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Health Insurance Premiums in U.S Set to Increase in 2023

Health Insurance Premiums in U.S Set to Increase in 2023

With 35.8 million people insured under Obamacare, Medicaid, and/or Basic Health Plan, according to CNN, more Americans than ever currently have access to affordable health care. However, the American Rescue Plan Act of 2021, which served as a relief plan for Americans during the COVID-19 pandemic and fueled the uptick in enrollment, is now about to expire.

Health Insurance Premiums in U.S

KFF explains that under this act, people including those who were above 400% of the Federal Poverty Level, were eligible for premium subsidies – meaning they paid no more than 8.5% of their yearly income for health insurance. If Congress does not extend the plan, beneficiaries receiving insurance through a marketplace will see an average 50% increase in their premiums in 2023, but it could be even more, which could spell out trouble for most insured Americans.

Insurance of any type is primarily a way to protect you, your loved ones, and your belongings. Health insurance ensures that you are able to pay for potentially life-saving treatments, while home insurance makes sure that you can financially recover from a disaster such as a fire or flooding. Insurance also happens to be quite a lucrative industry. An AskMoney guide to insurance premiums details how the insurance industry earns more than $1 trillion every year, with these premiums being collected by nearly 6,000 insurance companies across the United States. Even though insurance is a way to financially protect people from unplanned expenses, the rising premiums continue to cause issues for the middle class.

Over the last ten years, family premiums for employer-sponsored coverage have risen by 47%, according to a report from the Kaiser Family Foundation and reported by CNBC. “That rate outpaces both wage growth (31%) and inflation (23%) over the same time period,” they stated.

This rise in premiums together with the current inflation rate (the current CPI standing at a staggering 8.6% according to the U.S. Bureau of Labor Statistics) is predicted to cause a drop in insurance enrollment for 2023.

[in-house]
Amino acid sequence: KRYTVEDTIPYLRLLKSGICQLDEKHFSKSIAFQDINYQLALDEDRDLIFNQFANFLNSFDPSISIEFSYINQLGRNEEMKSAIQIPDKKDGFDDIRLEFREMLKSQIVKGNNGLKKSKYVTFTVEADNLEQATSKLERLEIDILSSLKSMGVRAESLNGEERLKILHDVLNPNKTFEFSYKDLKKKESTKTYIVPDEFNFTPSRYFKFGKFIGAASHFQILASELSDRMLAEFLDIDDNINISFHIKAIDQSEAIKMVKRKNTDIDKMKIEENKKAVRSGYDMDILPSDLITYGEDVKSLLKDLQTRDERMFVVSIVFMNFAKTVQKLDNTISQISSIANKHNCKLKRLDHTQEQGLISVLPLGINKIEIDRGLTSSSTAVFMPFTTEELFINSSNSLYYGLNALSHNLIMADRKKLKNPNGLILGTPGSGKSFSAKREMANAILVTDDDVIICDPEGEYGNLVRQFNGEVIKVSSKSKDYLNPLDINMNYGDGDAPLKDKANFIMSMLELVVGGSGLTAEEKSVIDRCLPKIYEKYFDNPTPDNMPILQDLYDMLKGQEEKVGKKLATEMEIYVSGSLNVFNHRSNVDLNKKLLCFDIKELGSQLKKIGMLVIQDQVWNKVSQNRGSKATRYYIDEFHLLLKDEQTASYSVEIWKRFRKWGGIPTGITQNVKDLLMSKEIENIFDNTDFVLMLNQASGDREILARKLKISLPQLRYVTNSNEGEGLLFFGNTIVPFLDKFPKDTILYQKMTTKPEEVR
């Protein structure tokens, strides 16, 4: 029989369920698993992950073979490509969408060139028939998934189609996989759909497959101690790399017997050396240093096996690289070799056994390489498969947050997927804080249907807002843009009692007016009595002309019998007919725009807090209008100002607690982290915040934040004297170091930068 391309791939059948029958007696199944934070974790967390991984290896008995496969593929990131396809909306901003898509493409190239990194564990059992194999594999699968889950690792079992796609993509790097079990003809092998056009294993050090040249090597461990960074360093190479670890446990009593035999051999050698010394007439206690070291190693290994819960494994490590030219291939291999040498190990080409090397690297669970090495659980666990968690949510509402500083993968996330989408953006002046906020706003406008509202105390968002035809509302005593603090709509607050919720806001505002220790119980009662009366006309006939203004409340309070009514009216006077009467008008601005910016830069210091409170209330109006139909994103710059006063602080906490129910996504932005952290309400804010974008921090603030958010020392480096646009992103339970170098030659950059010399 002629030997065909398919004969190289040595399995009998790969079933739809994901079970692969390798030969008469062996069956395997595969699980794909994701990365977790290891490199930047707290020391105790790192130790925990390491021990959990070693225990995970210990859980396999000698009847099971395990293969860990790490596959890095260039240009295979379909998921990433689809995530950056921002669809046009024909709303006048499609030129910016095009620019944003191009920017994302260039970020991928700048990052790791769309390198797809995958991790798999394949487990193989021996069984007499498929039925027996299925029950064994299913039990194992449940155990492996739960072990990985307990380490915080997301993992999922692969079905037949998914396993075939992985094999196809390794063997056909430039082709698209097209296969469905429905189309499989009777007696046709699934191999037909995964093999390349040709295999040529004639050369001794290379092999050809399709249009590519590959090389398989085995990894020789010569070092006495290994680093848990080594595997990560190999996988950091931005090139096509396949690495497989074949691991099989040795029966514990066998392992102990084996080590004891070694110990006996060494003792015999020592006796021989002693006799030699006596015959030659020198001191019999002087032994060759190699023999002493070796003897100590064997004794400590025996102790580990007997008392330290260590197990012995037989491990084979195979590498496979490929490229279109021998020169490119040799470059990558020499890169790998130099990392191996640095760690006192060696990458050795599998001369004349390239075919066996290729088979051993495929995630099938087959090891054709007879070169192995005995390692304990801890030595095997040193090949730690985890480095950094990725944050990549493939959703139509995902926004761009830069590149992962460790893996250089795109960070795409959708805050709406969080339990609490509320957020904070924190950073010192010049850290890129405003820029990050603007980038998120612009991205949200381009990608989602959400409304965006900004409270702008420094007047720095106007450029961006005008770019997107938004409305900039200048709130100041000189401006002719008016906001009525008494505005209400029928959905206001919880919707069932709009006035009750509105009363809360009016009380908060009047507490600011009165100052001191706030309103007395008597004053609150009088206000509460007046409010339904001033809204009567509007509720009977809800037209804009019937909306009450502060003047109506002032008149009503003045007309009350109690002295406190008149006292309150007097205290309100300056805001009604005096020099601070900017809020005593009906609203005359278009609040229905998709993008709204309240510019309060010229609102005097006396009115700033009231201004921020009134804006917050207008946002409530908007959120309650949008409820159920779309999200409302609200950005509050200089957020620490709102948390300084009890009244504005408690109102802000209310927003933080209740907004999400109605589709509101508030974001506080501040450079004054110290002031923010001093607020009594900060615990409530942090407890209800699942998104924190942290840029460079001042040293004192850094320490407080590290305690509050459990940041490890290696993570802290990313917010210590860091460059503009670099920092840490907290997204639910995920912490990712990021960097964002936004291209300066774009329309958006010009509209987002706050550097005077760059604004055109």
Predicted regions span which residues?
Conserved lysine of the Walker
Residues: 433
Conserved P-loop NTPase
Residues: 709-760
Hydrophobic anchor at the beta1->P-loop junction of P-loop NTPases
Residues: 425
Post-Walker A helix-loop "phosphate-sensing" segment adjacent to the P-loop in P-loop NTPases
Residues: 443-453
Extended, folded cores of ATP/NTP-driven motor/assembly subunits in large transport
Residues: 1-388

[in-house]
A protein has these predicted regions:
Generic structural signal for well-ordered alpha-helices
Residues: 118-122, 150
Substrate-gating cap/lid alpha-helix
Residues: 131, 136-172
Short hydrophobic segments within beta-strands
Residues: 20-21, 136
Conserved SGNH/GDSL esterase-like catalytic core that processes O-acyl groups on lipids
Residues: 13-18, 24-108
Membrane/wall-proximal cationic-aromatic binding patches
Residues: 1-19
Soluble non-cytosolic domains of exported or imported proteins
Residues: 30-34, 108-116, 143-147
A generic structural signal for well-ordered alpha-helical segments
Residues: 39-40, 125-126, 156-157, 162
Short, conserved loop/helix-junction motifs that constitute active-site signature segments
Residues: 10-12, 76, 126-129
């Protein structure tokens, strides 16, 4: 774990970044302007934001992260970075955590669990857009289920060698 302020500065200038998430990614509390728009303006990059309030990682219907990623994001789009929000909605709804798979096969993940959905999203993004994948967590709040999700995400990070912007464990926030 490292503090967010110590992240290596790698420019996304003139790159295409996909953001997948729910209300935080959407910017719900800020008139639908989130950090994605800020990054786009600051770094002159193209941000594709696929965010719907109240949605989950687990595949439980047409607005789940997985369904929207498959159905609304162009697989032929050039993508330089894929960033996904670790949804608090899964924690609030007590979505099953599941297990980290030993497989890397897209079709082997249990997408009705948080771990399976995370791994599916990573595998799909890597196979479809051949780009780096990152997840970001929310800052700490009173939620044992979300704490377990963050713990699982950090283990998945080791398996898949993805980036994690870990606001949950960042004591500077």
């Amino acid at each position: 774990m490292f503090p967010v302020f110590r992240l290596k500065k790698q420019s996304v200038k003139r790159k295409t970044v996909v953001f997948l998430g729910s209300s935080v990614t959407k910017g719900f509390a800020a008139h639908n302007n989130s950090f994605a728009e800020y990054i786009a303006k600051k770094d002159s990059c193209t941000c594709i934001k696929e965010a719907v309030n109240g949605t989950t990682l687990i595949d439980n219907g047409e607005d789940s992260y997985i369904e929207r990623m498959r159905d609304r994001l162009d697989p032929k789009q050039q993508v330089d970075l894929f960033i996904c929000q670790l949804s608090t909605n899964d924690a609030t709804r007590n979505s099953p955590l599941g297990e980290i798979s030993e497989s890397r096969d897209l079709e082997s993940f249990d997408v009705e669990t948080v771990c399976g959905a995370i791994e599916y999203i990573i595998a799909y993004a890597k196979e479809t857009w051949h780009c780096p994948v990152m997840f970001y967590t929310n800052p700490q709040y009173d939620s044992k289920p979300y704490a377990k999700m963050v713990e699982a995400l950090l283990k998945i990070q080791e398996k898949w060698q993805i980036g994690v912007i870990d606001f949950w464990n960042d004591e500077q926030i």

While we wait with bated breath for Congress’s decision to either extend the American Rescue Plan, there’s no reason to idly sit and wait – there are measures policy-holders can take to lower health insurance premiums.

Choose an HMO

While this may seem limiting, it’s one of the easiest ways to lower your premiums and healthcare costs overall. Enrolling in an HMO means that you’ll need to get referrals from your primary care physician in order to see a specialist, and your insurance covers care from doctors and clinics within your network. Any out-of-network visits will cost extra (except in the case of an emergency, of course).

Raise The Deductible

This option is for those who don’t tend to see the doctor very often and don’t have any chronic health issues that may be expensive to cover. If you choose a high-deductible option, your monthly premiums will go down, but you’ll need to be prepared to pay more out-of-pocket for doctor visits – planned or otherwise.

Work with an Insurance Broker

A broker’s job is to help you find insurance plans that fit your lifestyle, and more importantly, your wallet. While there’s often a cost for a broker’s service (they have to make a living, after all!), they will help you decide on the best insurance plan, find the most affordable options, and make sure that your premiums are the lowest they can be.

With insurance premiums about to soar in the following year, there are still steps insurance-holders can take to keep the costs down. By working with a broker to find the best insurance plan for you – which may include a higher deductible and choosing an HMO, depending on your needs – you should be able to lower your premiums and prepare yourself for the American Rescue Plan to be discontinued.

For more information on insurance and how to make the best decisions for you and your loved ones, visit us again at Crypto Savvy